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A South Carolina State University football player was shot and killed outside of Hugine Suites on Friday, launching a manhunt in the surrounding area for four suspects.

The student, 20-year-old Brandon A. Robinson of Goff Avenue, was shot about 1:30 p.m. and transported to the Regional Medical Center for treatment.

“South Carolina State University is saddened today,” S.C. State President Thomas Elzey said Friday. “We are saddened because of the loss of one of our students. Our deepest condolences go to the family of the victim.”

An autopsy has been scheduled for Saturday, the same day as the funeral for Robinson’s stepfather, Steven Rolley Sr. Rolley died at his home Friday, Jan. 17.

Officers continued their search for the suspects into Friday evening, focusing on the Goff Avenue area. Officials later said they believe the suspects have fled the area.

While the university has identified one of the suspects, campus Police Chief Mernard Clarkson did not release the name of the suspect, citing the ongoing investigation. A Claflin University campuswide alert contained the name and image of a suspect, but officials did not confirm it later.

“We are looking to talk to and identify four individuals that were seen leaving the area. At this time, we have not engaged those individuals or made contact with them,” Clarkson said.

The State Law Enforcement Division and its K-9 unit arrived to assist in the manhunt. SLED has assumed the lead in the investigation. The Orangeburg Department of Public Safety, the Orangeburg County Sheriff’s Office and the South Carolina Highway Patrol are also assisting.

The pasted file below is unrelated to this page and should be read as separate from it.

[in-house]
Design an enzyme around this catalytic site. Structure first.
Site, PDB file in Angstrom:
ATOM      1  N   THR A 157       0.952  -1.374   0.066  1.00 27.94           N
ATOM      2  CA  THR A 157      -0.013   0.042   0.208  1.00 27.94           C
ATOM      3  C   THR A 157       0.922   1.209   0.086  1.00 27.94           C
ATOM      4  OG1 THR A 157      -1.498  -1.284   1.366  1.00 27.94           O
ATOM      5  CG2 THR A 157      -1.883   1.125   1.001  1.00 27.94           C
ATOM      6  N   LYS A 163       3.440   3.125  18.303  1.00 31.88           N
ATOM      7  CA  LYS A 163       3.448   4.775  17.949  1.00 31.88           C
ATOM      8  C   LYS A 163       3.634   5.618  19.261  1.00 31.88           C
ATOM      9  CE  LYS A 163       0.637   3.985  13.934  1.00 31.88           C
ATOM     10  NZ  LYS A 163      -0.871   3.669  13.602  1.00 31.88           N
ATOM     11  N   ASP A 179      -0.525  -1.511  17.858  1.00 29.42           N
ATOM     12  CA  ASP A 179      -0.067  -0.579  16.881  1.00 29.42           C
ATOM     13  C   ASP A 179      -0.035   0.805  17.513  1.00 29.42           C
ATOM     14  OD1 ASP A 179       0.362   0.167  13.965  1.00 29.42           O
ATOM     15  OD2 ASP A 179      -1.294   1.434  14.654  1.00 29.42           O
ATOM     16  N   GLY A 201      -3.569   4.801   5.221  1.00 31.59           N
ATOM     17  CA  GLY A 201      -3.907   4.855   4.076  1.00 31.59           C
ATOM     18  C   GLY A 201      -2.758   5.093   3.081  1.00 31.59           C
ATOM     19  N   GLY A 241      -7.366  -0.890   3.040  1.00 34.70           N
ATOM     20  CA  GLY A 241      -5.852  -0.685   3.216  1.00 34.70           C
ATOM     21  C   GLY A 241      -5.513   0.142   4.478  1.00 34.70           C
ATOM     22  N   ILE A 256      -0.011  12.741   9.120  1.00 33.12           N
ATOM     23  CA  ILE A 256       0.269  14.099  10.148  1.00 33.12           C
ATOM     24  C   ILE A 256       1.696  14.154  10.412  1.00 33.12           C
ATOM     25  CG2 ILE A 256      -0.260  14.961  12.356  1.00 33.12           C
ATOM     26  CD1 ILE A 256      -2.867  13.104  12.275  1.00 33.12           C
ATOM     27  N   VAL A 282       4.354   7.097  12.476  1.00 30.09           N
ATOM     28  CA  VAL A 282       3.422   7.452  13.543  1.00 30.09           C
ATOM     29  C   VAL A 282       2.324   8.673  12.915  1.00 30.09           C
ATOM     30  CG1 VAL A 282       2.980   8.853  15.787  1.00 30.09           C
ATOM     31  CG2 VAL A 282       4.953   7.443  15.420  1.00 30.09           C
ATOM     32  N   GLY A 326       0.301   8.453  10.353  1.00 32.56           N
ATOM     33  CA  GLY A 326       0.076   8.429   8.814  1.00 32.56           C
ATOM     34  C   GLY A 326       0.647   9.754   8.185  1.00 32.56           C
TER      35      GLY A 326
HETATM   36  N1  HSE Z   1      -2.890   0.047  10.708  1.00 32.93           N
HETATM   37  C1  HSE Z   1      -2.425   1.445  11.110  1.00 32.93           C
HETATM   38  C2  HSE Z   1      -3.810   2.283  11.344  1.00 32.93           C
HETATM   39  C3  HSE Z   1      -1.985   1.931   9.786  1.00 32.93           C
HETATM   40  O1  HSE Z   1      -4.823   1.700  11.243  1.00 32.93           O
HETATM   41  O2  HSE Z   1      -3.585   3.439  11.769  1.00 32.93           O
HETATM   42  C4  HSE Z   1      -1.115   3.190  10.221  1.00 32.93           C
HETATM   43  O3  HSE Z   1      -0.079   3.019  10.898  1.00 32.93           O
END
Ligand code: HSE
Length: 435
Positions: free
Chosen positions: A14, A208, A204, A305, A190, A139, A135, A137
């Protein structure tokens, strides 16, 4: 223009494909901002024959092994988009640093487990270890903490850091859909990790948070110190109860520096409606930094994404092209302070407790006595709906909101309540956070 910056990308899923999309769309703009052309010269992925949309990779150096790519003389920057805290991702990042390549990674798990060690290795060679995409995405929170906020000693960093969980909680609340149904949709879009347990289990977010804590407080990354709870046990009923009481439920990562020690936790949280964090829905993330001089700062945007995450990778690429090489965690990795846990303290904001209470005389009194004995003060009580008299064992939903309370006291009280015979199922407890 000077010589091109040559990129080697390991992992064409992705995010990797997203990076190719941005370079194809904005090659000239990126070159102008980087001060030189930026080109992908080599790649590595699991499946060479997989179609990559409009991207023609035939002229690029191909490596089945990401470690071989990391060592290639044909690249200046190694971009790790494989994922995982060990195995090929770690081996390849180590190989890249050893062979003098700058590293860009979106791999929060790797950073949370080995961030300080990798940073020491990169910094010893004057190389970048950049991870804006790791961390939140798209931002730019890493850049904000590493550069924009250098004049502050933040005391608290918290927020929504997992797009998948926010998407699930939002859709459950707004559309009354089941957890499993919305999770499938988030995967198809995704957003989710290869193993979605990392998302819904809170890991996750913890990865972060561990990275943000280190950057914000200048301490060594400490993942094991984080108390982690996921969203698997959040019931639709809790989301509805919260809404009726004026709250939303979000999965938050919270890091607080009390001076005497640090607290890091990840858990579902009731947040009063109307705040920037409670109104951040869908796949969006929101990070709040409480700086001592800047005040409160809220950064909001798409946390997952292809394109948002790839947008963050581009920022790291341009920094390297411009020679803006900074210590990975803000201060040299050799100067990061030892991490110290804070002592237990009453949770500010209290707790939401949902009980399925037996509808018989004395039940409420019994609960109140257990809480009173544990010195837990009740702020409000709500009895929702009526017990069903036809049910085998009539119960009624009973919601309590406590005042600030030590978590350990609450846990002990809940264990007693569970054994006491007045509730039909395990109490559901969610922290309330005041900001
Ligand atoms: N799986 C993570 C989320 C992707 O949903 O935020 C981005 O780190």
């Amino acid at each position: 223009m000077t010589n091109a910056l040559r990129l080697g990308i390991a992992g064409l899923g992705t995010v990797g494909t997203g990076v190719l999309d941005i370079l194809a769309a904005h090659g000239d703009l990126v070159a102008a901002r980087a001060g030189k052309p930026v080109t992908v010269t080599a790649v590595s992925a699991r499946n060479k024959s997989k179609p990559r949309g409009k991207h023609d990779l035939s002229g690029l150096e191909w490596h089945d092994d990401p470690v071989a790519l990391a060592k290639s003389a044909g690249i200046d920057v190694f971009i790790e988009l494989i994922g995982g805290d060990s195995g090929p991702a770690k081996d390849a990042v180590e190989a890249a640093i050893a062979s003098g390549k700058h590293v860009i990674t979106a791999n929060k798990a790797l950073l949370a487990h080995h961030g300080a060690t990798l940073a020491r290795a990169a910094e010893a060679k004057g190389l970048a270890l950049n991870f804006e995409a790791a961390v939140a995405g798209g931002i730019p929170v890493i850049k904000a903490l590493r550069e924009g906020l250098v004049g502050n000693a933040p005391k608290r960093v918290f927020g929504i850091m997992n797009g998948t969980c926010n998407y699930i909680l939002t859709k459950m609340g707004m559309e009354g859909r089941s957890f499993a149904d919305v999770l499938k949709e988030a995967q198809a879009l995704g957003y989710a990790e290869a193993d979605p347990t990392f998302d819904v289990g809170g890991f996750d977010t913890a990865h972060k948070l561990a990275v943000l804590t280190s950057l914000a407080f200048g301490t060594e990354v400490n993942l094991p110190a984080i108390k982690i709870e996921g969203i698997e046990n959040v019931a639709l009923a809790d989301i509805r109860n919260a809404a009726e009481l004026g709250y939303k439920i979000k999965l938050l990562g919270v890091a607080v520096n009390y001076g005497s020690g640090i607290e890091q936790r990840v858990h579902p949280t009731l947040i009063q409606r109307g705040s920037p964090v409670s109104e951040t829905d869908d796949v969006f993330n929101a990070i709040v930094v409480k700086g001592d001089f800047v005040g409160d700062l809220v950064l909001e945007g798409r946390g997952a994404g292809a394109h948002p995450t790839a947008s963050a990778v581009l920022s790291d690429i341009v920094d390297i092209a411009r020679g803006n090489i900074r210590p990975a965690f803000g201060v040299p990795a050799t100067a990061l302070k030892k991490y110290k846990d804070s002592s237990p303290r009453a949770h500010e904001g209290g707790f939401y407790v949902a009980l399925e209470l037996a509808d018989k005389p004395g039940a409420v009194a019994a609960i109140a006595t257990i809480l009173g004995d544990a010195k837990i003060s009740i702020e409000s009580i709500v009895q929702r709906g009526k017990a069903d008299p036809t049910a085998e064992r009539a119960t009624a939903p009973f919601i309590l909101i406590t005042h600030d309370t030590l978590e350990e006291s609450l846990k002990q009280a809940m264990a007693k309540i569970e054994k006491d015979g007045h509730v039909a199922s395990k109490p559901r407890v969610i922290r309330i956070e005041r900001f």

Clarkson said a motive for the shooting was unknown Friday afternoon.

But he and Elzey assured students, faculty and staff that the campus is safe.

“The perimeter of the campus is secure,” Clarkson said.

The campus was on lockdown for about four hours Friday afternoon in an effort to ensure the suspects would not return to campus.

The lockdown was lifted shortly after 6 p.m. Clarkson said security on campus would be stepped up overnight.

“I want to assure parents that their children are safe on this campus, that they are in good hands and that their safety is of utmost importance to us,” Elzey said.

Elzey said the university will provide students, faculty and staff with grief counseling.

“We are pulling together as a community,” Elzey said.

An emotional Elzey said, “We again are extraordinarily sad about this. He was a very nice young man and it hurts. It hurts us all.”

Orangeburg Mayor Michael Butler, City Councilwoman Liz Zimmerman Keitt and S.C. State Board Chairman William Small attended a university press conference on the shooting, though none spoke. Elzey said Gov. Nikki Haley also offered her support to the campus.

Robinson was an Orangeburg-Wilkinson High School graduate. He lettered in football and wresting at O-W, was named to The T&D All-Area Football Team and was selected as player of the week by the Orangeburg Touchdown Club. He also ranked ninth in the state in wrestling in the 215-pound class.